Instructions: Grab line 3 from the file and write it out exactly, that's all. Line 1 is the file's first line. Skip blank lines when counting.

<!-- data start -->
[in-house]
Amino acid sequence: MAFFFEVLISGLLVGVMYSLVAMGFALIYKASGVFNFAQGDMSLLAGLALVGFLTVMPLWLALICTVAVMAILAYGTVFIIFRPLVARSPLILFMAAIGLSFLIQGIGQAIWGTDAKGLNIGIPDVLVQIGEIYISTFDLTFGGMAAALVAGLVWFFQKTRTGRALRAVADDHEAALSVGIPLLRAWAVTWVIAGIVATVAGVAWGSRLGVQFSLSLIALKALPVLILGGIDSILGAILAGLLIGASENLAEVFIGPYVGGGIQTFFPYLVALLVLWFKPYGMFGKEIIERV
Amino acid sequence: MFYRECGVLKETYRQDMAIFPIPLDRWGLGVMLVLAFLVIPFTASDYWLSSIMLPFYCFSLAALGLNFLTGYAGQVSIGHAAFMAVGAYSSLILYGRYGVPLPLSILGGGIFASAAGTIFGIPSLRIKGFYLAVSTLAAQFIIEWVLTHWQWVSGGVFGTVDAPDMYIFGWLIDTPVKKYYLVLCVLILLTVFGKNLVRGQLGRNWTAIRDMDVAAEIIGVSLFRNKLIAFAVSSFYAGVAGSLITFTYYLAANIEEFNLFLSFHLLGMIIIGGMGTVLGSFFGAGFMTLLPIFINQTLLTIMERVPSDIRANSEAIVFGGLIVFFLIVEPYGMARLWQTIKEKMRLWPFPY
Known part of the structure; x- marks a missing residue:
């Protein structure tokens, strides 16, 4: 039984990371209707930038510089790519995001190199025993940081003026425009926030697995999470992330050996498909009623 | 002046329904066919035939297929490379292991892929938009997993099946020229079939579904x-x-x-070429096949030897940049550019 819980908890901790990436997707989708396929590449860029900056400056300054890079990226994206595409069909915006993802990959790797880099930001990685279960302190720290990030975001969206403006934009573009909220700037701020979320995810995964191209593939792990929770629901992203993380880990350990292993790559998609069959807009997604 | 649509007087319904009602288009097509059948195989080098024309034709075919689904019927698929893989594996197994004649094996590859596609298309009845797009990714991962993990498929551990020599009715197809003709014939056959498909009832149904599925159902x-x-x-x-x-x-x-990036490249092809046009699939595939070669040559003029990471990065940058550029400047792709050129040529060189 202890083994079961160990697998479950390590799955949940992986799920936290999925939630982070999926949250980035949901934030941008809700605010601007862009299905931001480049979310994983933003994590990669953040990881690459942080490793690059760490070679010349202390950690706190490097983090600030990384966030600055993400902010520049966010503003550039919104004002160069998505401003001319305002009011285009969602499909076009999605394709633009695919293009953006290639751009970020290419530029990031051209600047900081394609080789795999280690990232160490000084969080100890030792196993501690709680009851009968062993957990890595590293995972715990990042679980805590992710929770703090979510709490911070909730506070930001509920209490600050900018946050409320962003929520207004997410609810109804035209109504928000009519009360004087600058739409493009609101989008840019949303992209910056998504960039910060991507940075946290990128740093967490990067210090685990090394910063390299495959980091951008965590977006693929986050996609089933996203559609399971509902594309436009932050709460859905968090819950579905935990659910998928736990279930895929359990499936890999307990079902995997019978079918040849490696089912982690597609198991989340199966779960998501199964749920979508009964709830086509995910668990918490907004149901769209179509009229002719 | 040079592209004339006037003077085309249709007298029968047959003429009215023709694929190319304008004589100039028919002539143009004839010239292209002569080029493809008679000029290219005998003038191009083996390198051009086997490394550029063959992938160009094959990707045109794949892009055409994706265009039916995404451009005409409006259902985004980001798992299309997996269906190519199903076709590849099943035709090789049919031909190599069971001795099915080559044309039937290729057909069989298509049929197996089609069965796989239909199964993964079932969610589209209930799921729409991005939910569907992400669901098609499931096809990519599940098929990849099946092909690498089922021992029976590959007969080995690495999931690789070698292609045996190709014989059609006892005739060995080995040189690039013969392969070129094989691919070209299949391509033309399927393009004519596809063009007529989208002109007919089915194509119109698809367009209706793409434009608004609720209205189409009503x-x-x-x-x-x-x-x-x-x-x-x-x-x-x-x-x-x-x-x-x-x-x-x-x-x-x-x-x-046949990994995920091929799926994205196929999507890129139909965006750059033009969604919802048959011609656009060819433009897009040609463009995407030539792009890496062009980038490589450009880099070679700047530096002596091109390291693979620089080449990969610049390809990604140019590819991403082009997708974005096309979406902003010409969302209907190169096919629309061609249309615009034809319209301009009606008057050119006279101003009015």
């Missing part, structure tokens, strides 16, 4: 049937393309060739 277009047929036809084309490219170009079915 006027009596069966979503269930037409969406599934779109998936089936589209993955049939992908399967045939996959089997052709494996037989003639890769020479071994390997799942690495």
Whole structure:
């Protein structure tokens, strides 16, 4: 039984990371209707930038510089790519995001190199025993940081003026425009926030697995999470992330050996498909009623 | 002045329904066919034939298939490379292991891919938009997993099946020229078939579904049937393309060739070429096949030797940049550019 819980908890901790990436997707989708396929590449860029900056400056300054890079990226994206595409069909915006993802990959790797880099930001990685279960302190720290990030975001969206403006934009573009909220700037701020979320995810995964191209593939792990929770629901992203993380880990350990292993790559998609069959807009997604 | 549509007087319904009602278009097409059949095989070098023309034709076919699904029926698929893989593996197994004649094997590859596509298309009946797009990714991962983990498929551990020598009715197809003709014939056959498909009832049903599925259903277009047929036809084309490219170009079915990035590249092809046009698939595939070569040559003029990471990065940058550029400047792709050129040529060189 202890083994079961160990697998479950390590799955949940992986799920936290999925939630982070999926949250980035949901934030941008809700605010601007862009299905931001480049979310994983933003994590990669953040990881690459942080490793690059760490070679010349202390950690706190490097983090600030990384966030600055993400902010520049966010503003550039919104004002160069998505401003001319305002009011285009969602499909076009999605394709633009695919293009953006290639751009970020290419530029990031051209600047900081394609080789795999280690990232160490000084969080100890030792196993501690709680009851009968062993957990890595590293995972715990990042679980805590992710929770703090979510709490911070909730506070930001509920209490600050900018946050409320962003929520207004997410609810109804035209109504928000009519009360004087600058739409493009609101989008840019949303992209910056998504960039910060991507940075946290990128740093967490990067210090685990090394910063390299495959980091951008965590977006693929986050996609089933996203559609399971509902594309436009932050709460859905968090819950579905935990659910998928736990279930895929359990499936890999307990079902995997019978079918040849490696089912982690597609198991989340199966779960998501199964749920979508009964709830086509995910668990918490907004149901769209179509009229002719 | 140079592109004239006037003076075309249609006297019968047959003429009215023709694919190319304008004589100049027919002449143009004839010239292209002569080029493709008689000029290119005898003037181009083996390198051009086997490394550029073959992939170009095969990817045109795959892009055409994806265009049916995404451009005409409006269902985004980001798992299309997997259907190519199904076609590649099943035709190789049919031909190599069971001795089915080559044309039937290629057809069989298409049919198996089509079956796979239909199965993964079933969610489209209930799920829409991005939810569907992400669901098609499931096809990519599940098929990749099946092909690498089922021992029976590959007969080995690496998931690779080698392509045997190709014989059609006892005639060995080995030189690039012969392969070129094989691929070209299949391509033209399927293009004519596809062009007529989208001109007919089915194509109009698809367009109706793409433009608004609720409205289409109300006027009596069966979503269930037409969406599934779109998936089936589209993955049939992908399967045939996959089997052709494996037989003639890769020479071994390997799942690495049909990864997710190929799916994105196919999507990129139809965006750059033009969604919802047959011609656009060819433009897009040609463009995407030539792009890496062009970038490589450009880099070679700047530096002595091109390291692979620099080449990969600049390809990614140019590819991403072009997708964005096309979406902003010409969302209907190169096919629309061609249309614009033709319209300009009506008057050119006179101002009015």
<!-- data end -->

Amino acid sequence: MFYRECGVLKETYRQDMAIFPIPLDRWGLGVMLVLAFLVIPFTASDYWLSSIMLPFYCFSLAALGLNFLTGYAGQVSIGHAAFMAVGAYSSLILYGRYGVPLPLSILGGGIFASAAGTIFGIPSLRIKGFYLAVSTLAAQFIIEWVLTHWQWVSGGVFGTVDAPDMYIFGWLIDTPVKKYYLVLCVLILLTVFGKNLVRGQLGRNWTAIRDMDVAAEIIGVSLFRNKLIAFAVSSFYAGVAGSLITFTYYLAANIEEFNLFLSFHLLGMIIIGGMGTVLGSFFGAGFMTLLPIFINQTLLTIMERVPSDIRANSEAIVFGGLIVFFLIVEPYGMARLWQTIKEKMRLWPFPY